B. Thomas Golisano College of Computing and Information Sciences

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B. Thomas Golisano College of Computing and Information Sciences
RIT building - Golisano Building.jpg
Established 2001
Location Rochester, New York
Website www.rit.edu/gccis
RIT Golisano College Official Logo.jpg

The B. Thomas Golisano College of Computing and Information Sciences is one of the largest colleges at the Rochester Institute of Technology (RIT), and is home to the institute’s computing education and research facilities. Golisano College is home to RIT’s computer science, computing security, information sciences and technologies, and software engineering departments, and to the Ph.D. program in computing and information sciences, and the School of Interactive Games & Media. Golisano College is housed in a 125,000 square foot facility, opened in 2003 on RIT’s campus in Rochester, New York.[1]

History[edit]

In 1972, RIT began offering one of its first computer science programs. Originally named computer systems, the program offered students the opportunity to earn a bachelor of technology degree.[2] In 1996, RIT introduced an undergraduate program in software engineering, one of the first programs of its kind. Later, in 2003, the software engineering program would become one of the first such programs to receive ABET accreditation.[3]

In the late 1990s, the Dean of RIT's College of Applied Science and Technology, made a proposition to create a new college that would focus on the growing fields of computer science, information technology and software engineering. In February 2001, B. Thomas Golisano, Chairman and CEO of Paychex, Inc., donated $14 million to fund the college's creation. The college was founded on July 1, 2001 and officially opened in May 2003. The first Dean of the college was Jorge Díaz Herrera.

In 2005, former President Bill Clinton visited the college following an invitation from B. Thomas Golisano. He toured the facilities and gave a speech to students. Also in 2005, the college established nation’s first lab for social computing as part of a new research initiative, the Center for Advancing the Study of Cyberinfrastructure. In addition, McAfee Inc. donated more than $1 million in technology to the college to be used as part of a new master’s degree program in computer security and information assurance.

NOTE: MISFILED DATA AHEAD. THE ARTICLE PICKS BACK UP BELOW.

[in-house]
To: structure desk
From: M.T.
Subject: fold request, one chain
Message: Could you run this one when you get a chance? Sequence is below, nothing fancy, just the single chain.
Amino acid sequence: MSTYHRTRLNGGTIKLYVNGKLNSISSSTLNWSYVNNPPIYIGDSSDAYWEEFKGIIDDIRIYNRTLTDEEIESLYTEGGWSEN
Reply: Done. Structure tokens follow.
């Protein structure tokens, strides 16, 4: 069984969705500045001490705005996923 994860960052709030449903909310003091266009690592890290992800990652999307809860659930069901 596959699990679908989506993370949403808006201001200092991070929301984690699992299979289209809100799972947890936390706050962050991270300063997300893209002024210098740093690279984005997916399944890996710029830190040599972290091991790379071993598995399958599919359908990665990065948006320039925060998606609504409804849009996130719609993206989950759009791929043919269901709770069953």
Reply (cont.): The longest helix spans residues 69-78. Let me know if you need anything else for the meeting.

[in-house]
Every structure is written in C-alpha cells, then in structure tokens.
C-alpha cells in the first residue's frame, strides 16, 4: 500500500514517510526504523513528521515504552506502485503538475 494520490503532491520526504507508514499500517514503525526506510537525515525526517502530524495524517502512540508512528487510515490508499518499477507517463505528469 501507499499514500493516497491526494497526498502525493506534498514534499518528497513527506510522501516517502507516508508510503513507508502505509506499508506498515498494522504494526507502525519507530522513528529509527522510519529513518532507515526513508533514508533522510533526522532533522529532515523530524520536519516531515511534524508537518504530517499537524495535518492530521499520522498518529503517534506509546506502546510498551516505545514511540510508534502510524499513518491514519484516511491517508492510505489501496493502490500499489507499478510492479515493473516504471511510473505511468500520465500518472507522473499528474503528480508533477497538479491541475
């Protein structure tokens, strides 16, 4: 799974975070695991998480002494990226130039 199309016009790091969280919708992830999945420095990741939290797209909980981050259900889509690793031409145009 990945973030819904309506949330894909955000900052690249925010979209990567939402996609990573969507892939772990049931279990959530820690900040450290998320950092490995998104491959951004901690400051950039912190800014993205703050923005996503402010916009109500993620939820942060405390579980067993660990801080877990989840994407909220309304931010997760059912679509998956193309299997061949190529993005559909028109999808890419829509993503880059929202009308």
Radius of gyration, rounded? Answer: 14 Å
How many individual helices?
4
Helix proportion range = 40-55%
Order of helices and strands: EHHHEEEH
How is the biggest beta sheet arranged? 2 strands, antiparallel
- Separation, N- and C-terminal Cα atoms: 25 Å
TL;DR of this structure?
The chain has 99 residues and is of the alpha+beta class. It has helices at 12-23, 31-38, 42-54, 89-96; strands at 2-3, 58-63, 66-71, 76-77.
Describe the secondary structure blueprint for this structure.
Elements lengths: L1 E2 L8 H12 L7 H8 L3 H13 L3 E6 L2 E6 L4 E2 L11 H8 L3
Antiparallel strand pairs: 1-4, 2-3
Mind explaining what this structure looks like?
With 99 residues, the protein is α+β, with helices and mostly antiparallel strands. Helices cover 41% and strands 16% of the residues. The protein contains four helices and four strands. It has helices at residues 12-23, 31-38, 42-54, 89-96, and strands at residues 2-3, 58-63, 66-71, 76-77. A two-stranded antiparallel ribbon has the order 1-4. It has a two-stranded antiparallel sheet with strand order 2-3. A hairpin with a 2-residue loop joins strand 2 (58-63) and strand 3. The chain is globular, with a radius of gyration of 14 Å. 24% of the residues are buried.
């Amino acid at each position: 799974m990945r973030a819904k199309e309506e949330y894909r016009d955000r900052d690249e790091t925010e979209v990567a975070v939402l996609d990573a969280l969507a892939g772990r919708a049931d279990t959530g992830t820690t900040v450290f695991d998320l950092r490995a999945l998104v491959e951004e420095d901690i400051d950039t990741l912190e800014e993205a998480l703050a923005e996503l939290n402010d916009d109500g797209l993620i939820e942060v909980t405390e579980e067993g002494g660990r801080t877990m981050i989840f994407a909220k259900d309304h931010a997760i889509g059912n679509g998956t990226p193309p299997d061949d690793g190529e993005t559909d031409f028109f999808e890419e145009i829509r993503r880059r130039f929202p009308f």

On July 1, 2009, in recognition of the growing fields of game design and development, the School of Interactive Games & Media was founded. The School has since become a national leader in game design and development education having been ranked 4th in the nation in undergraduate and graduate game design and development education by the Princeton Review.[4]

In 2012, Dr. Andrew Sears became the second Dean of the college.[5]

In 2012, the college introduced its Computing Security Department, dedicated to the increasing importance of protecting computing devices and computer data.[6]

Facilities[edit]

The Golisano College is housed within a three-floor, 126,500 sq. ft. facility that features three cube sculptures created by famed artist Harry Bertoia, that house trees that stretch up through the atrium. There are 13 classrooms, 12 studio teaching labs, and 16 dedicated labs at the college, offering access to the study of every major computing platform. The college’s dedicated Security Lab is isolated from the rest of the campus’s networks to allow the in-depth study of viruses, firewalls, and other computer vulnerabilities. Additional labs include an Entertainment Lab for 3D modeling, game and interactive media development; a Mobile Computing and Robotics Lab for the research and development of portable devices; and an Artificial Intelligence lab dedicated to the understanding of human reactions and processing. The College also features its own deli: Ctrl-Alt-Deli.[7]

Awards and recognition[edit]

In 2013, Golisano College’s cyber defense team won the National Collegiate Cyber Defense Competition. [8]

In 2013, the School of Interactive Games & Media’s game design and developments programs at both the bachelor’s and master’s levels were ranked fourth in the nation by the Princeton Review.

The college has been named a National Center of Academic Excellence in Information Assurance Education by the U.S. Department of Homeland Security, National Security Agency, and the Information Assurance Directorate.[9]

Notable alumni[edit]

Katie Linendoll '05, TV host, producer and tech expert.[10]

Alex Kipman '01, primary inventor of Kinect for Xbox 360.[11]

John Resig '06 founder of jQuery.[12]

External links[edit]

References[edit]